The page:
As the meningitis outbreak continues to spread around the country, one begins to question how this could happen in the first place and wonder if it could happen again. So far, as a result of this recalled steroid product there have been 368 illnesses, 29 deaths, and 19 affected states, including Illinois. As this death toll only continues to rise, we have to wonder, was this preventable?
The simple answer is yes.
Currently, state regulators are primarily responsible for the regulation of drug compounding pharmacies. The Food and Drug Administration, or FDA, performs some tests on a limited amount of drug samples that come from these pharmacies, but their regulation is quite minimal. There are an estimated 3,000 to 4,000 of these compounding pharmacies in the United States, with facilities in nearly every state, including several in Illinois. With such a large number of compounding pharmacies across the nation, it is evident that state-by-state regulation is unrealistic as certain states will have stricter regulations and others will not, leading to inefficiencies, gaps, and lax regulation. That is what we saw happen with the New England Compounding Center in Massachusetts, the drug compounding company responsible for the outbreak, which had a record of violating state law with little to no reprimand.
Our pharmaceutical climate is nationwide, with injectable medications and pills shipped nationally and available to the public at large, making state-by-state regulation difficult. The states are simply unequipped to deal with the regulation of such a large volume of pharmaceuticals. This failure to regulate affects all of us, as many compounding pharmacies ship their drugs to every corner of the country, and a single tainted batch of drugs can affect hundreds of people, as evidenced by the current meningitis outbreak.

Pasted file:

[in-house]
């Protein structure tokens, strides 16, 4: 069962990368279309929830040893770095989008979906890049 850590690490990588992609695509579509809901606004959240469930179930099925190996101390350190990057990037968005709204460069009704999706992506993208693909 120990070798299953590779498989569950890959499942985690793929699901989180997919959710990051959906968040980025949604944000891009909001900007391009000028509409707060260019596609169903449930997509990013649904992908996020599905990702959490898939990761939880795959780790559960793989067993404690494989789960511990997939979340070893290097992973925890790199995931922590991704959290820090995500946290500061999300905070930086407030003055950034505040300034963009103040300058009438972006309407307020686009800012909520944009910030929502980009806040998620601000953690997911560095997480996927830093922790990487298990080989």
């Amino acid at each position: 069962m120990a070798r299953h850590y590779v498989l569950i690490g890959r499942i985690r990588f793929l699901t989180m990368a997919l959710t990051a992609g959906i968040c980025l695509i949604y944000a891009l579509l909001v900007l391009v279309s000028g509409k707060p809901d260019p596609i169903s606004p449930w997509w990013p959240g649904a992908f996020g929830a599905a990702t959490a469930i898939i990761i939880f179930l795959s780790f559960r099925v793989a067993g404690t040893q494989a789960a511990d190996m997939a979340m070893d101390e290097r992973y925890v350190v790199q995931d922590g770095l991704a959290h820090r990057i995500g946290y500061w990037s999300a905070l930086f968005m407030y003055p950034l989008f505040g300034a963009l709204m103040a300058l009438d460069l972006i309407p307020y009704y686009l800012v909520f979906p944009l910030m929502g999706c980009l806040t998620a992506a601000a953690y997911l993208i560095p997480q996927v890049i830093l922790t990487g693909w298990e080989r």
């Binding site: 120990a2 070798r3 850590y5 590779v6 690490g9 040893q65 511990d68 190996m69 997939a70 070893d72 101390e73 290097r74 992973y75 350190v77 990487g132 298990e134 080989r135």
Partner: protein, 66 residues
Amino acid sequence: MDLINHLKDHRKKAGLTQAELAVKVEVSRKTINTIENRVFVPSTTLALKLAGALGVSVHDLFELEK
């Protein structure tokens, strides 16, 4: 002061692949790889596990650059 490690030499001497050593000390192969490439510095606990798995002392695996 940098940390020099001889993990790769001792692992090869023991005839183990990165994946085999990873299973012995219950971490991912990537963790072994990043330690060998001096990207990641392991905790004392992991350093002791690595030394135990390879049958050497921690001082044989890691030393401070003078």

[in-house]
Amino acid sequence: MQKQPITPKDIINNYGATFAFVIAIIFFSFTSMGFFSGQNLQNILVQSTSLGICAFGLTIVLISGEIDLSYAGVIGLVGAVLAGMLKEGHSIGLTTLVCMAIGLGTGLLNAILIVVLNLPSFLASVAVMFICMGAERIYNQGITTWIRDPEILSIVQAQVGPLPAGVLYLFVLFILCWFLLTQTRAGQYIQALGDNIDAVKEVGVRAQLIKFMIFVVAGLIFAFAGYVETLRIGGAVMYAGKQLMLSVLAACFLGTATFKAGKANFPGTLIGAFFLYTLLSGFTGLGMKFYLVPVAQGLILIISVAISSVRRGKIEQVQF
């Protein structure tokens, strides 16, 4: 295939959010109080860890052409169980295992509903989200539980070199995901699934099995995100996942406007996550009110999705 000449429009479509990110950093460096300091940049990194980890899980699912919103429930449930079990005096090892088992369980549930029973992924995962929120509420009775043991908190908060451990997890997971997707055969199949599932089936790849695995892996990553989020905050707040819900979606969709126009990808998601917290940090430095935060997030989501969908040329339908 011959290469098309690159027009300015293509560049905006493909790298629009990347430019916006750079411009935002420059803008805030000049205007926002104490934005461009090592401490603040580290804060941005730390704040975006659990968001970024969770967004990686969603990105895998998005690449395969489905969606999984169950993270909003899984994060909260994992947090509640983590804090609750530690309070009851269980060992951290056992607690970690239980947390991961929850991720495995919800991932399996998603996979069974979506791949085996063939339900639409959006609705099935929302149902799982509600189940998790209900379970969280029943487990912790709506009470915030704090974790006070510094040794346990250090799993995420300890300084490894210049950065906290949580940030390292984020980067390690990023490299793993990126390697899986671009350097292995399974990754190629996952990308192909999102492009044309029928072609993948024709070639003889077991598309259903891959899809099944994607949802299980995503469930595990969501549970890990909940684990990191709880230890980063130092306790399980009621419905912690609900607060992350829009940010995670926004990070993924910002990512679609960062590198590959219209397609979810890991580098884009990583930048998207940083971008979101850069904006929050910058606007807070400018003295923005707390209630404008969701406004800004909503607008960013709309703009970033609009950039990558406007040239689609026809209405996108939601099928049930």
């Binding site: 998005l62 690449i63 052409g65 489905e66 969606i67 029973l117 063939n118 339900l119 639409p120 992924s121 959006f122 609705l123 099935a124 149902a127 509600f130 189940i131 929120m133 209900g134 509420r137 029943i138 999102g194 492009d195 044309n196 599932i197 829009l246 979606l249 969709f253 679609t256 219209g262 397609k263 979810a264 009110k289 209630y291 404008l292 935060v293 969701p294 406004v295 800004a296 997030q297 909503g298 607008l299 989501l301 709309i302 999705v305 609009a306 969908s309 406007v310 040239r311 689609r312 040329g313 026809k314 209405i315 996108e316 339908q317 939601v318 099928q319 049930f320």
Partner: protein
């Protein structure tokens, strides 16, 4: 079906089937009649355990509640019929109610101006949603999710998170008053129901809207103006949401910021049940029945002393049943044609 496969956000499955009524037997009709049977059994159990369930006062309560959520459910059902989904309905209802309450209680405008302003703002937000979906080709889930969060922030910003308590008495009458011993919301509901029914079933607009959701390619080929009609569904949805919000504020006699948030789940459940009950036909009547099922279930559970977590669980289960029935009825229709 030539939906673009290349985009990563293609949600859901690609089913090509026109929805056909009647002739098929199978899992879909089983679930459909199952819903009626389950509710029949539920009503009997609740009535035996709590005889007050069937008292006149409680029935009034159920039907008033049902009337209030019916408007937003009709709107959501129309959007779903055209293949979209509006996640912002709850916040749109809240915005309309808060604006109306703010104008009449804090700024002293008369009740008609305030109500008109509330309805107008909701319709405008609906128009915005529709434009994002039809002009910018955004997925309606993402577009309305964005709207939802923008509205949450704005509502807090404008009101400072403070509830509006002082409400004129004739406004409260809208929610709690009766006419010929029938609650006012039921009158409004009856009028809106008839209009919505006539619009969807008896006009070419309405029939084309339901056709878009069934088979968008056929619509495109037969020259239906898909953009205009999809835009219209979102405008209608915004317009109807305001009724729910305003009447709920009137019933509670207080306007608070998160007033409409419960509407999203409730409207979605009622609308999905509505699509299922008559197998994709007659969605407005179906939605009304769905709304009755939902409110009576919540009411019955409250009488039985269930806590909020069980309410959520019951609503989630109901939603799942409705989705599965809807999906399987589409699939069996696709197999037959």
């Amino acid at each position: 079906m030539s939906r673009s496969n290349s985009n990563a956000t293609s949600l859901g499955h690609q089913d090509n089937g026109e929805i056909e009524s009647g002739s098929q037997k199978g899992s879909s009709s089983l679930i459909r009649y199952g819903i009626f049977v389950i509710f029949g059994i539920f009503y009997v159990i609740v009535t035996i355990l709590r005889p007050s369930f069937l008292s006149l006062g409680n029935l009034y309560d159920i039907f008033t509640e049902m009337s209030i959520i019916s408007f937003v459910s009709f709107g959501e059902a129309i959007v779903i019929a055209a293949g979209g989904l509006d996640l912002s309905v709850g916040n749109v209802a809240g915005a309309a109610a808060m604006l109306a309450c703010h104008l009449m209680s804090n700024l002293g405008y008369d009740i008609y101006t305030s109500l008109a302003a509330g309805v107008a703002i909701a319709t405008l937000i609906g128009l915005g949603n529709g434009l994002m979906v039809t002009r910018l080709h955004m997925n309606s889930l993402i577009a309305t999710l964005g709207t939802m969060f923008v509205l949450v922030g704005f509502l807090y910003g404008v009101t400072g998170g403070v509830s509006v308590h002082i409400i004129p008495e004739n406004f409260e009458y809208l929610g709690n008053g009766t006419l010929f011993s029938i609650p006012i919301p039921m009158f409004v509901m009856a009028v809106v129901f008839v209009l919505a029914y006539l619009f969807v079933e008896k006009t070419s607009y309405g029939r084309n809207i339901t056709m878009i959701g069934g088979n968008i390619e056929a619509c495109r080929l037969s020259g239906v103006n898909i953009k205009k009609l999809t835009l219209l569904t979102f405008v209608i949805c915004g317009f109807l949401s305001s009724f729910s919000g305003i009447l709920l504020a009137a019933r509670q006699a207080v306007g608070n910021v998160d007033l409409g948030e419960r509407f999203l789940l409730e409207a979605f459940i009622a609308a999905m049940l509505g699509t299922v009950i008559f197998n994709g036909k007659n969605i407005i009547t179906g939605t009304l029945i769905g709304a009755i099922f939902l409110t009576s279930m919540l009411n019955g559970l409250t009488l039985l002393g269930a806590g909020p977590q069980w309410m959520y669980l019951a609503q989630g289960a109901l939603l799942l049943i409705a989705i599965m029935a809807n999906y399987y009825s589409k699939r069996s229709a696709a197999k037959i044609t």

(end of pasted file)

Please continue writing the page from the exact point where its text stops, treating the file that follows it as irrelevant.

Nationwide regulation by the FDA, the entity created to police pharmaceutical drugs, is one solution. The FDA should be granted the power by Congress to force drug compounding pharmacies to meet federal manufacturing standards and to register with the FDA. Federal regulation will help to ensure that drugs are being made in a sterile and safe environment no matter where they are produced. This way, a tainted drug like the one that caused the current meningitis outbreak, would not be so easily overlooked and carelessly shipped nationwide causing hundreds of deaths. The meningitis outbreak may have been prevented if strict federal regulation were applied to these drug compounding pharmacies across the country, including several in Illinois. Without such regulation, who knows what preventable outbreak will be next.
Legal Help for the Meningitis Outbreak
While it is clear that this outbreak was preventable, the sad truth is that it has already happened, and unfortunately has affected victims in Illinois. The attorneys at our firm are hard at work to uncover the legal issues created by this devastating event. We hope that this outbreak will send a message to drug compounding pharmacies that this type of negligent action will not go unpunished. Those affected in Illinois can send that message by seeking compensation for lost wages, pain and suffering, and emotional distress to name a few.
This recalled steroid product might have affected many in Chicago and the nearby communities. The Illinois Department of Public Health states that at least three APAC Pain Clinics gave local patients injections of the contaminated steroids. They include APAC Lincoln Park, the facility in the Thorek Hospital Building, and the Prairie Medical Building in Westchester.
If you or someone close to you may belong to the affected group, please consider giving our office a call to see how we can help you.